Kilgore v. Keybank

Decision Date12 April 2010
Docket NumberNo. C08-2958 TEH.,C08-2958 TEH.
Citation712 F.Supp.2d 939
PartiesMatthew C. KILGORE, et al., Plaintiffs,v.KEYBANK, National Association, et al., Defendants.
CourtU.S. District Court — Northern District of California




Andrew A. August, Kevin Francis Rooney, Pinnacle Law Group, LLP, James C. Sturdevant, Monique Olivier, Whitney Huston, The Sturdevant Law Firm A Professional Corporation, San Francisco, CA, for Plaintiffs.

Todd C. Toral, Stephanie Ann Karnavas, Nixon Peabody LLP, San Francisco, CA, Courtney Erin Quinn Brooks, W. Scott O'Connell, Nixon Peabody LLP, Manchester NH, John Noble Giftos, Michael Best & Friedrich, LLP, Madison, WI, for Defendants.



This matter came before the Court on March 29, 2010, on the motion to dismiss filed by Defendants KeyBank, National Association and Great Lakes Educational Loan Services, Inc. For the reasons set forth below, the motion is GRANTED.


Plaintiffs and putative class representatives Matthew C. Kilgore and William Bruce Fuller (Plaintiffs) are California residents who enrolled in a helicopter flight academy operated in Oakland, California by Silver State Helicopters, LLC (Silver State). The Third Amended Complaint alleges that Plaintiffs-and the class of student loan borrowers they seek to represent-paid Silver State nearly $60,000 in tuition to be trained as commercial helicopter pilots, but failed to complete the educational program before Silver State filed for bankruptcy on February 4, 2008. Plaintiffs financed their tuition by obtaining student loans from KeyBank, National Association and its education lending division, Key Education Resources (collectively KeyBank). Plaintiffs allege that KeyBank defied its own risk management policies to partner with Silver State, ignoring red flags-including the school's recent founding, deficient credentials, and poor student placement rates-that should have signaled Silver State's risk of failure. Plaintiffs now seek to enjoin KeyBank and Great Lakes Educational Loan Services, Inc. (“Great Lakes”)-which services their loans-from collecting the loans or reporting the loan balances to credit reporting agencies.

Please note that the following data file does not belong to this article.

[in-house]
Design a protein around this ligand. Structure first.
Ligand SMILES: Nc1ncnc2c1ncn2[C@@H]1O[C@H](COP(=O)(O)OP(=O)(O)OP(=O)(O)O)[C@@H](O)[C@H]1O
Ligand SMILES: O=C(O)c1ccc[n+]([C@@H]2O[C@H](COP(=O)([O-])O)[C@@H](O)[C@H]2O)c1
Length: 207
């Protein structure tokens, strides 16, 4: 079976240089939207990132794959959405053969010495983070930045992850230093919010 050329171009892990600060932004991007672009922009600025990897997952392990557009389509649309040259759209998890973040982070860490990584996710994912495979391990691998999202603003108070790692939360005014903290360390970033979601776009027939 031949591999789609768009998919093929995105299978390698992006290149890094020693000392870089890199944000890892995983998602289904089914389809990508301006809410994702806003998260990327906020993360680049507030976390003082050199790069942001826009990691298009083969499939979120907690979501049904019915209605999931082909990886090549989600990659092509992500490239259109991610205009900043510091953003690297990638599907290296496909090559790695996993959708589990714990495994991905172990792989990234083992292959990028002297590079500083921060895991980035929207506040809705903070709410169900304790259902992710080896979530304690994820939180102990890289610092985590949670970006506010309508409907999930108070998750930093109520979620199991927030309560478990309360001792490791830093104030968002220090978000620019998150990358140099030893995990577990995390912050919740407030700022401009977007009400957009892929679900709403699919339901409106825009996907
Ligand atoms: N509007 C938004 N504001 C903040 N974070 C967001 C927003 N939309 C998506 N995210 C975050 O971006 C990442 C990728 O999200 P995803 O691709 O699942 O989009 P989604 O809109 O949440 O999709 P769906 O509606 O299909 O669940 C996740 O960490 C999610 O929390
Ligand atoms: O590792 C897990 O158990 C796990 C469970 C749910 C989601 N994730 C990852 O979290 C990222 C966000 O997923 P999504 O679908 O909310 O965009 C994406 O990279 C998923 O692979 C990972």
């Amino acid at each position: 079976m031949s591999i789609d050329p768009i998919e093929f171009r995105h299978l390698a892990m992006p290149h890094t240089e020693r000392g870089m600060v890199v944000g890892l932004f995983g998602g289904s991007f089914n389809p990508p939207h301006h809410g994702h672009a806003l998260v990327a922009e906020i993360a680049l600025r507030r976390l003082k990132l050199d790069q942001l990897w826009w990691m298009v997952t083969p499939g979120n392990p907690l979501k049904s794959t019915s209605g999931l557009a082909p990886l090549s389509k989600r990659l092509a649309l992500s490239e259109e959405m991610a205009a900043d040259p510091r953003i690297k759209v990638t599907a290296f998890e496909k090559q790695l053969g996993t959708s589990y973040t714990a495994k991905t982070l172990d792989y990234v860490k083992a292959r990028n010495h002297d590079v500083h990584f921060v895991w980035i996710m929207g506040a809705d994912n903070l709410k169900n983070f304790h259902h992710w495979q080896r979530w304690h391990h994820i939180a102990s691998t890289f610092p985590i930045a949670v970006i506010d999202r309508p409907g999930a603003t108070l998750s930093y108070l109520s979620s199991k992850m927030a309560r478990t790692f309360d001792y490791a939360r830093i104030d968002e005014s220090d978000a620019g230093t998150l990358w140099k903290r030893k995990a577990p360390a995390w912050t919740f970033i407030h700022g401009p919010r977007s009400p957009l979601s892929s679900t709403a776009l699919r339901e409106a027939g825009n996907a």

Plaintiffs instituted this putative class action in Alameda County Superior Court on May 12, 2008, against KeyBank and Great Lakes. Student Loan Xpress, Inc. (“SLX”) and American Education Services (“AES”)-which allegedly made and serviced loans to Silver State students-were added as defendants in a First Amended Complaint filed four days later. After Plaintiffs filed a Second Amended Complaint (“SAC”), KeyBank removed the action to federal court, and a settlement with SLX led to its and AES's dismissal on October 27, 2009.

After an unsuccessful mediation, KeyBank and Great Lakes (collectively Defendants) responded to the SAC on April 24, 2009 by moving to dismiss and to compel arbitration. The Court denied the motion to compel arbitration on July 8, 2009, 2009 WL 1975271-a ruling Defendants have appealed to the Ninth Circuit-and continued the motion to dismiss. On August 17, 2009, this matter was stayed except for document discovery and the motion to dismiss. Defendants filed a new motion to dismiss on October 5, 2009, in response to which Plaintiffs amended the complaint. Defendants moved to dismiss the Third Amended Complaint (“TAC”) pursuant to Federal Rules of Civil Procedure 12(b)(6) and 12(b)(3) on January 11, 2010. Plaintiffs opposed the motion.